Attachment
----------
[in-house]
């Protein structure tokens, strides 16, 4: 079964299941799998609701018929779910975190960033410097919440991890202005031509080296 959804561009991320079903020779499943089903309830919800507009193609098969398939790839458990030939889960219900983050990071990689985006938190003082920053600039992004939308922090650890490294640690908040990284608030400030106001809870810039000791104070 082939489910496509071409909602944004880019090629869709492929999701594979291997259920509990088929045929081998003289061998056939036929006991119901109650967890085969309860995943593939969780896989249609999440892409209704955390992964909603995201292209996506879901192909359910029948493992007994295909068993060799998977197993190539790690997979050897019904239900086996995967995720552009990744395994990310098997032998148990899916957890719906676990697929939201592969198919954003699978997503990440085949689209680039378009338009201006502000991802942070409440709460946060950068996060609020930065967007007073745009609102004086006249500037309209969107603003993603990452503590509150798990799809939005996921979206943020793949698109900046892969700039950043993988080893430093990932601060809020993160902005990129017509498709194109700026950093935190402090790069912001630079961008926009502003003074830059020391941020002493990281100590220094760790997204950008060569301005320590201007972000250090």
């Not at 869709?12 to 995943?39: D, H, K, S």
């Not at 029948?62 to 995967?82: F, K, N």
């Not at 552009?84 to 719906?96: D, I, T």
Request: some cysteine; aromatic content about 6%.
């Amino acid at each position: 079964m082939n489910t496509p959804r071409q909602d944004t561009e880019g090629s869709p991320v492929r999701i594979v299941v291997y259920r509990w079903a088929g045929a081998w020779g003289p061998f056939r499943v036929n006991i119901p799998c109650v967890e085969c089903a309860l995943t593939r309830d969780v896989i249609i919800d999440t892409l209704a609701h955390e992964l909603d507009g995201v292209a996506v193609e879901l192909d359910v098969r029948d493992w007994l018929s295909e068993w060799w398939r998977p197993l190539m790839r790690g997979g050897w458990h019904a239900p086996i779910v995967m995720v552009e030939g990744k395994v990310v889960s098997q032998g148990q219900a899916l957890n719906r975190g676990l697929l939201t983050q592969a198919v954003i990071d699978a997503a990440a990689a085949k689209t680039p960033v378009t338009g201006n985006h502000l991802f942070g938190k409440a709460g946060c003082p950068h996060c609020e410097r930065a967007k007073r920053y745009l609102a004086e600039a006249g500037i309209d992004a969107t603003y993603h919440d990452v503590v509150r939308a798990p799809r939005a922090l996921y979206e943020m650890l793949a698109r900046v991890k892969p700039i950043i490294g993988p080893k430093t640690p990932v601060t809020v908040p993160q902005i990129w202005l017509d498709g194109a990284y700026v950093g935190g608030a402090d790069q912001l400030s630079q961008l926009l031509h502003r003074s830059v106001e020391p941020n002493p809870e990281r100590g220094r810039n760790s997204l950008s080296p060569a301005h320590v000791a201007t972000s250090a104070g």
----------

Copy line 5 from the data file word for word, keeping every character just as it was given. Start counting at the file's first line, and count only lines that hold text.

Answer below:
């Not at 552009?84 to 719906?96: D, I, T």